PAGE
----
Stober now looks optimistically to Kenney to finish what he started in the planning department, to make the ideas he tried to bring to city council a reality.
“I think in the past you had messaging problems and messenger problems. I don’t look like most Philadelphians,” says Stober. He is young, white, wears silver, thick-rimmed glasses, rides a bike and carries a messenger bag. He is also Harvard educated and from out of town. He loves Jim Kenney.
“I think that Kenney speaks very convincingly about his own evolution on a variety of issues,” he says.
Stober believes the way to reach people is to appeal to their humanity, citing grim statistics about pedestrian safety — more people are hit and injured by cars in Philadelphia each year than are shot in a city with a reputation for high crime. Last year, 390 were children under the age of 15.
“[Kenney] is very passionate about sticking up for the little guy, for anyone who is disadvantaged. And these are policies that are fundamentally about the little guy. I think he may turn out be a really good spokesperson for these issues,” he says.
And it’s true that these facts can help broaden the appeal of urbanism beyond a core of young, downtown transplants.
“I think a lot of people don’t see things from other people’s perspectives, like if you’re a driver you just see the bike lane as taking away road for you to drive on, when actually it’s healthy because it keeps traffic separated, it keeps you from crashing,” says Waffiyyah Murray, a coordinator for the Bicycle Coalition who promotes bike and pedestrian safety to parents and children in public schools across Philadelphia. “I think they might not see it at first, but it’s a matter of getting people to look at it with the right set of eyes.”
“[Kenney] is very passionate about sticking up for the little guy, for anyone who is disadvantaged.”
Yet so often the human side of better planning is obscured by parking, the raison d’etre for the dustup over the project near Pat’s Steaks. It’s a hell of a motivator. The issue brings out people who have likely never been motivated to rally against city policies that led to a child being struck by a car, even though these tragedies have happened in every neighborhood, not to mention immigrants’ rights, police reform or any of the social causes Kenney supports.
Even a planned road diet that would have made a dangerous, six-lane avenue in the same Philadelphia neighborhood safer for pedestrians and cyclists collapsed after outcry from established businesses. When it comes down to softer civic issues — zoning exceptions for new apartments or new liquor licenses for sleek gastropubs, uses that often explicitly cater to an ascendant population of transplants — opposition from an older generation of neighbors is almost a given.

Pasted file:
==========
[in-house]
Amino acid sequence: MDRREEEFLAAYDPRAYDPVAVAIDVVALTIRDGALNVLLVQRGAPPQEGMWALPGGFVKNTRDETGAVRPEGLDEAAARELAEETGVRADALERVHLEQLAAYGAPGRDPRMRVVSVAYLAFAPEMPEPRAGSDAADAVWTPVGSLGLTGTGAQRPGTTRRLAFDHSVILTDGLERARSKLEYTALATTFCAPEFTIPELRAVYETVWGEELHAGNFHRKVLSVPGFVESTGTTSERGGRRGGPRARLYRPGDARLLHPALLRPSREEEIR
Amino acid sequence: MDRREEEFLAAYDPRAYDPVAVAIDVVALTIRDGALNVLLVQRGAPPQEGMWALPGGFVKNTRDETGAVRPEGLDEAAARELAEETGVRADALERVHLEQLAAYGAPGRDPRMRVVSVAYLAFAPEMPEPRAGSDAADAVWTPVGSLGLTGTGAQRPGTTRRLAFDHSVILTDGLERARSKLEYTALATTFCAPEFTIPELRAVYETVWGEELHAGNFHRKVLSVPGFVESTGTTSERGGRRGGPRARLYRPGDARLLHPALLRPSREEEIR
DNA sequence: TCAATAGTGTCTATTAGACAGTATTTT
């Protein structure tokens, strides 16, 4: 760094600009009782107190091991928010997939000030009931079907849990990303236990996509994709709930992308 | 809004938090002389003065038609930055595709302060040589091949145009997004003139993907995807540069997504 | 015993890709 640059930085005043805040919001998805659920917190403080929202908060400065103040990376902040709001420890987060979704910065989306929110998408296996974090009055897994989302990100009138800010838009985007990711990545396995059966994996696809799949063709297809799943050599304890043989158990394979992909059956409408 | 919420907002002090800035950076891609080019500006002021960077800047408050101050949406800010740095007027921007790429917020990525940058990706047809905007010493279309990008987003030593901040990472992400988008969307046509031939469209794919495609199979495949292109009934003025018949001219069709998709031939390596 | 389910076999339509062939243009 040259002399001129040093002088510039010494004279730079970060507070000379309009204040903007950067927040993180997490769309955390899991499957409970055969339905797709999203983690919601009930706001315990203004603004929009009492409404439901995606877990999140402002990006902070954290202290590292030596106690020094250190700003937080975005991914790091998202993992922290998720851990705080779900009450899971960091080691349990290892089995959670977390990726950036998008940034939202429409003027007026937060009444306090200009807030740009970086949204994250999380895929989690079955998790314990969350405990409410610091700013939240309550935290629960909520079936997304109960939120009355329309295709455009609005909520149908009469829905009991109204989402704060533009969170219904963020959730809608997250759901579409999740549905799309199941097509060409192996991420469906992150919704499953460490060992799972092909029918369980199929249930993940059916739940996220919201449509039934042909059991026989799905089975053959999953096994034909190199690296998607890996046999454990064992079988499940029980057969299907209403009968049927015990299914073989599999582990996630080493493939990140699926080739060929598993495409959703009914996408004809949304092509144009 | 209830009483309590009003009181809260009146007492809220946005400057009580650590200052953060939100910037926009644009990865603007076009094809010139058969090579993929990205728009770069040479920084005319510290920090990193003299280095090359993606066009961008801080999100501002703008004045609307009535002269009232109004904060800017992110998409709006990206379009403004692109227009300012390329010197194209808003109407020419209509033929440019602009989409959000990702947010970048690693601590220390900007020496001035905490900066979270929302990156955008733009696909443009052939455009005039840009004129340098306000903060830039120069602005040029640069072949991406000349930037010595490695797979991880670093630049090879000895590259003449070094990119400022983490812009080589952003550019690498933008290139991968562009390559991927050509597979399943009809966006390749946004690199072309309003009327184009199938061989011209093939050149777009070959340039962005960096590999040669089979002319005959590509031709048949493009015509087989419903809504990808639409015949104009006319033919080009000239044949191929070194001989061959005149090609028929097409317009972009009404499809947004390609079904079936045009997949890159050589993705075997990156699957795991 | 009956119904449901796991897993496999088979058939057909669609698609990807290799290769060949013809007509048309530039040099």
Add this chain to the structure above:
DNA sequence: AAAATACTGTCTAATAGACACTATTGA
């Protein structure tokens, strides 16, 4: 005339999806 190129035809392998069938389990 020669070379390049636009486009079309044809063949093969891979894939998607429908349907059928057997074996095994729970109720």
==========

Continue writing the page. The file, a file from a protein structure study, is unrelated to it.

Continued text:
And city hall pays attention to stuff like this.
Philadelphia is a famously dirty place, but that’s partially because it’s the largest city without a comprehensive street cleaning program. As Kenney recalls, the service ended in South Philadelphia because people kept complaining about having to move their cars and the resulting parking tickets when they didn’t.
Faced with mounting protests and a tight election, Squilla’s predecessor voluntarily abandoned the program.
“It was only once a week, but he took so much grief for it, he stopped the program from fear of not being reelected,” Kenney says.
Toni Pelosi is a hospital worker who has lived in South Philadelphia for 38 years, raised two children there and over time, become a vocal participant in her neighborhood’s development. She was at the Pat’s meeting, and plenty of others. Although she derided the anger that came out at that meeting, she is opposed to apartments because she believes they bring in “transients,” and also because “parking here is a nightmare.”
“You come home at 5:30 p.m. you might have to park three or four blocks away,” she says. “I’ve often thought that if there was a wish list, well, we pay taxes, we keep our homes up, why can’t we have the parking spot in front of our house?”
Philadelphia’s Italian Market in South Philadelphia is home to many grocery shops, cafes, bakeries, cheese shops and butcher shops. (Photo by Irina Souiki on flickr)
Pelosi admits this idea is not feasible, but that she doesn’t know what the solution is, just that there’s a problem she and all of her neighbors see every day. She says encouraging density, promoting ground-floor commercial space and eliminating mandatory parking in the zoning code were turning Philadelphia into “New York South,” a vision she didn’t sign up for when she bought her house.